PROVIDENCE, R.I. (AP) - More lawsuits in the 38 Studios matter, some landlords are apparently ignoring a law meant to make older homes healthier for children and former New England Patriots star Aaron Hernandez moves to a new jail. Here are five things to know in Rhode Island.
Two former state economic development executives sued the lawyers who advised their agency during the disastrous deal to give a $75 million state loan guarantee to 38 Studios, but one dropped out of the lawsuit a few days later. Keith Stokes, former executive director of the former Economic Development Corp., decided not to pursue the matter. His ex-deputy, Michael Saul, is continuing with the malpractice lawsuit. Stokes and Saul are among the many parties being sued by the EDC over 38 Studios. They include the video game company’s founder and former Red Sox pitcher Curt Schilling.
FOX’S LOBBYIST LOAN
A lobbyist who gave a $10,000 personal loan to former House Speaker Gordon Fox is likely to be called before a hearing by the secretary of state’s office after he failed to disclose the loan for more than four years. A spokeswoman for Secretary of State Ralph Mollis says Ray Rickman should have noted the loan on his 2009, 2011, 2012 and 2013 reports but did not, a violation of lobbying disclosure laws. The loan didn’t come to light until last month, when Fox reported it to the ethics commission. Rickman amended his 2009 report this week.
A new study found that a law meant to reduce children’s exposure to dangerous lead paint was being ignored by many property owners. It also found that when the law is followed, it can help reduce blood lead levels in children. The study by Brown University looked at the effect of the law on children in Providence, Pawtucket, Woonsocket and Central Falls. The law took effect in 2005 and requires landlords of many homes built before 1978 to take a lead awareness class, have their properties inspected and correct lead hazards such as chipping paint.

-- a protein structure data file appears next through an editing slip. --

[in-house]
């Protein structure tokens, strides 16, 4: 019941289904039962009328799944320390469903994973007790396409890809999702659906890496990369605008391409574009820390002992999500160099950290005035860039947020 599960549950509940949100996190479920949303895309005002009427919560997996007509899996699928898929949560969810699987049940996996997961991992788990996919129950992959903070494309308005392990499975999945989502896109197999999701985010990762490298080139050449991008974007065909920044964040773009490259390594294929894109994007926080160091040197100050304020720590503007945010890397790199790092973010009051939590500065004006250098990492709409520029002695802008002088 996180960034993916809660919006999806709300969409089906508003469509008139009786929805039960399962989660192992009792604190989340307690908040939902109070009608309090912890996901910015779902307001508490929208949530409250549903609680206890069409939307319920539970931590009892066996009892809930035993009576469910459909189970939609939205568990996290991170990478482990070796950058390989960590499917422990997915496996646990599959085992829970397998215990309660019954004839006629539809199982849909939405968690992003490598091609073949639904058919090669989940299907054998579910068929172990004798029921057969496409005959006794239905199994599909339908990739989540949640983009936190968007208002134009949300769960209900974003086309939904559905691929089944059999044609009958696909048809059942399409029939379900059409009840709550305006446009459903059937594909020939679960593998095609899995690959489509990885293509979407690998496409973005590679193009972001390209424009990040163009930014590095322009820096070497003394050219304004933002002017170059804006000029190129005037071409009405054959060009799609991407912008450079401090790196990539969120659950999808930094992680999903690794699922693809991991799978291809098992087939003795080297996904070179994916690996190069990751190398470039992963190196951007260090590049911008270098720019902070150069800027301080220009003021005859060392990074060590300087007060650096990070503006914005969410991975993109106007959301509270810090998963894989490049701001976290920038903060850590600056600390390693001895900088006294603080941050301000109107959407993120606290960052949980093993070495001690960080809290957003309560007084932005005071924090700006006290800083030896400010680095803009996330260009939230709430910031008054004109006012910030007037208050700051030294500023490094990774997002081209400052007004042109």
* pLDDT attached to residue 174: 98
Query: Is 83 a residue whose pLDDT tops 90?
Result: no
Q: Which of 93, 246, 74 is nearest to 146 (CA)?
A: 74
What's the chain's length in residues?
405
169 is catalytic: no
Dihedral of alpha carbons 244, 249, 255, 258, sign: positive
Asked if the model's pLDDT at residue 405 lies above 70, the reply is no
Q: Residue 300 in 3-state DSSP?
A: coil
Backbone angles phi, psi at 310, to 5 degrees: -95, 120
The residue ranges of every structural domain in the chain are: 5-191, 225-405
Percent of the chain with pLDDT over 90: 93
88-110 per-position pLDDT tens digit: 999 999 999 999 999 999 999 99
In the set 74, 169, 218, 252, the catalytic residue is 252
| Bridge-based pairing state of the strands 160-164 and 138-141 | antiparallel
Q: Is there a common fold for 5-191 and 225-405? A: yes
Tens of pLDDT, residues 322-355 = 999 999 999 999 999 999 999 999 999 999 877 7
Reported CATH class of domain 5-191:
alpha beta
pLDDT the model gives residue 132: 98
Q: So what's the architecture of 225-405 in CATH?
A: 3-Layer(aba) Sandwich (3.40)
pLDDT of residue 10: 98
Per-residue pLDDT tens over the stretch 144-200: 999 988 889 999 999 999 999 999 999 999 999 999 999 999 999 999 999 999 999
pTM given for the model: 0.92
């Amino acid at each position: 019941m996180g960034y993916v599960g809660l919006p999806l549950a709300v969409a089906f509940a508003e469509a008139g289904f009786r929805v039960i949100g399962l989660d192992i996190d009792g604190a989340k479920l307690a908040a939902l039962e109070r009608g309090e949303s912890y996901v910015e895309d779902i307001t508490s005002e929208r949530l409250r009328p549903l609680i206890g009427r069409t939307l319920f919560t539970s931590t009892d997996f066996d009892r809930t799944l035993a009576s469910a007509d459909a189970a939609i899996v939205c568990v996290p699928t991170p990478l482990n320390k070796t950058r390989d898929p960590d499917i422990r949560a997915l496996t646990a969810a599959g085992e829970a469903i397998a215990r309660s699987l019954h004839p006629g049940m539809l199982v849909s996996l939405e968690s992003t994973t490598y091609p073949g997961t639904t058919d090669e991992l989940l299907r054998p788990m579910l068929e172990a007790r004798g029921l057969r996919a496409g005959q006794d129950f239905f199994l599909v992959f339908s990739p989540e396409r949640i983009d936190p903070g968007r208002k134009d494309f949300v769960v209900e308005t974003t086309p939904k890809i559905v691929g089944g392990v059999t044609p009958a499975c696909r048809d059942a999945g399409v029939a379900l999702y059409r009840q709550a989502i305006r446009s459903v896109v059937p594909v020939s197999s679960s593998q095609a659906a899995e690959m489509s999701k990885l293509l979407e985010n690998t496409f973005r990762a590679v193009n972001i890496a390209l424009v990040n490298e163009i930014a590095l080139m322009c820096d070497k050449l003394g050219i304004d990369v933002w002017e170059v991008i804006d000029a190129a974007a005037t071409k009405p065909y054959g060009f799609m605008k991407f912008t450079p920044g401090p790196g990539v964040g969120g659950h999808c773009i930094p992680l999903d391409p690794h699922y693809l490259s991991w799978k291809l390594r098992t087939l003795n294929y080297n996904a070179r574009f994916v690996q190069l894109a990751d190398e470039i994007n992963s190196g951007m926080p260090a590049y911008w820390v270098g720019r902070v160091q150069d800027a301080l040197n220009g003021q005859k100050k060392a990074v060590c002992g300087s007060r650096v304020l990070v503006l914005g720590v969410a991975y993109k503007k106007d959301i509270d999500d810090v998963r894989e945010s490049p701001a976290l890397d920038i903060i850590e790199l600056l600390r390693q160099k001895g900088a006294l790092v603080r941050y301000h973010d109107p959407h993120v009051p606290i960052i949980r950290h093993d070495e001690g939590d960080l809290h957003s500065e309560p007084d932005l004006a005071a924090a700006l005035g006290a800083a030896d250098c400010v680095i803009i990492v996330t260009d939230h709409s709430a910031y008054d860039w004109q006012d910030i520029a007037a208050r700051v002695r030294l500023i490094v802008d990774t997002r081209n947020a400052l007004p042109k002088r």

A new report estimated that the defense sector accounts for 6.2 percent of Rhode Island’s total employment and that defense workers are paid the highest wages in the state. The Rhode Island Defense Economy Planning Commission says the industry accounts for 33,000 jobs, when counting workers in defense and other businesses in which it generates employment. It says every 100 jobs created in the private defense industry support 152 jobs in other sectors. Sen. Louis P. DiPalma, a member of the commission, said the report will help the state’s leaders decide how to best make investments.
Former New England Patriots tight end Aaron Hernandez made two court appearances in one of his murder cases this week and changed jails. Hernandez was moved from Bristol County, Massachusetts, to a jail in Boston to be closer to his lawyers. Also, the Patriots agreed to turn over 317 pages of medical and training records to his lawyers - though the team objected to turning over nine pages of scouting reports, saying they contained trade secrets. A judge set a hearing for July 22. Hernandez has pleaded not guilty to the June 2013 killing of semi-professional football player Odin Lloyd. He has also pleaded not guilty to killing two men in Boston in 2012 in a separate case.